[EDIT:] The website will be updated tomorrow as normal–moving and graduation slowed me down for a bit, but I’m picking back up. Apologies for those who checked for new content and were disappointed. ^^;
This post is partially about songs.
Anyone catch the William Blake reference?
Music reminds me of important things I forget. It’s rarely directly–art in general has that important power–to communicate to us obliquely. By getting lost in the artwork, be it a transfixing song or a transfixing image, we receive something communicated, something evoked within us.
An artist’s job is to be an evoker. Okay, the DND players probably got that reference. We evoke realities within our audience through transfixation.
I got lost in a song today, and it reminded me what I think we all forget at times–that we should like things because we like them, not because we think we can justify them to the people around us. Especially when we often aren’t even thinking about what the people closest to us will think–we worry what the vaguely-shaped form of society might think. If we lose sight of truly enjoying something, and instead put it through the filter of what we think we’re allowed to enjoy, then our experience no longer has the same depth of meaning.
Example? Music itself. We get caught up in trying to look “sophisticated” with our music choice. On a small scale, we avoid pop. If it gets really bad, we avoid all major chords entirely, or even time signatures (especially 4/4).
Most commonly, we think certain songs are “unoriginal.” This is fine if you truly don’t like the song. But when you won’t let yourself like a song that deep down you find yourself drawn to, it becomes a problem. Why? Because you’re filtering out potential depth and meaning. Even when we do admit to liking certain songs, we often describe them as “guilty pleasures,” still giving some sort of “homage” to this shapeless specter of society. The tiniest little note, the change of one line can change the entire meaning of what is evoked within you. I’ll be talking about Chaos Theory here in the near future, but suffice it so say small differences can be amplified to make huge impacts.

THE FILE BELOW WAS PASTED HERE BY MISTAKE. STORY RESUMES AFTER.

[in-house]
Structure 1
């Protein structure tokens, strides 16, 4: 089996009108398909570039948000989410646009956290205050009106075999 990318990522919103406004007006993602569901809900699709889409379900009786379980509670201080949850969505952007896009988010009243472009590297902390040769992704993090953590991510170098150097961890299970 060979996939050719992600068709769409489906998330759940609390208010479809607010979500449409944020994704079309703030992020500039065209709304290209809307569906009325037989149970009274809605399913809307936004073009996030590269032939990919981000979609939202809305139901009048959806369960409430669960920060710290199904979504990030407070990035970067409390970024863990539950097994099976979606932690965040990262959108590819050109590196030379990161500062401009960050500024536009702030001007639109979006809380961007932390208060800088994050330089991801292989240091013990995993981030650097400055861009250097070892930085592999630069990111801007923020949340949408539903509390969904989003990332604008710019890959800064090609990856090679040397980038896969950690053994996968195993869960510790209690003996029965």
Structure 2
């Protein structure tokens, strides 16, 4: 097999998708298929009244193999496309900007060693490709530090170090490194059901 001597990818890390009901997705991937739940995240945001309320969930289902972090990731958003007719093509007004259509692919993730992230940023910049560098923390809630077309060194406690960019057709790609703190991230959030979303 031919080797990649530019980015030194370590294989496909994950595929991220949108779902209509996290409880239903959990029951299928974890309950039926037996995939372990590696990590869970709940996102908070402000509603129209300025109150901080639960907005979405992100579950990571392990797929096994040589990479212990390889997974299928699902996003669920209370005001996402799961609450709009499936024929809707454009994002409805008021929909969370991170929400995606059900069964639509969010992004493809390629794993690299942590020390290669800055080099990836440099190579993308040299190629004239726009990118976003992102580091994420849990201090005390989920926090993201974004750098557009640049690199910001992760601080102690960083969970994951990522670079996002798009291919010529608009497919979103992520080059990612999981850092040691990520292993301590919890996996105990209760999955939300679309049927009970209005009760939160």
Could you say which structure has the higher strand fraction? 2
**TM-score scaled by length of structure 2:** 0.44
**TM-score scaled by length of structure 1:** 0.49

It reminds me of what Daft Punk said, when discussing their amazing album Discovery:
“When you’re a child you don’t judge or analyze music. You just like it because you like it. You’re not concerned with whether it’s cool or not. Sometimes you might relate to just one thing in a song, such as the guitar sound. This album takes a playful, fun, and colorful look at music. It’s about the idea of looking at something with an open mind and not asking too many questions. It’s about the true, simple, and honest relationship you have with music when you’re open to your own feelings.” (Daft Punk, on the album Discovery. Source: wikipedia)
I couldn’t say it better myself, but I want to add one thing–often, the surface of a song, a painting, anything, isn’t important. I’m a big advocate of depth, and that’s the thing–what’s important is what the art evokes within you. Sometimes the meaning that’s evoked within you can be completely opposite of what the surface looks like. Sometimes the strain of the violins and the metaphors chosen in a pop love song can remind you what true freedom is.
And when you sing out loud and nobody understands why you’re breaking character, you can chuckle to yourself and laugh it off.
Heh, speaking of artwork!
Artists, musicians, we would do well to remember this lesson too–create what you love to create, not what you think people want you to create. Otherwise you aren’t giving anyone real depth, you’re just giving them an image polluted by that filter. And if you don’t think they’ll understand it, remember that this is poetry, not prose. You aren’t telling them a message–you’re having them feel.
All images, writing, characters, artwork and related indicia are (c) Earl Isbell
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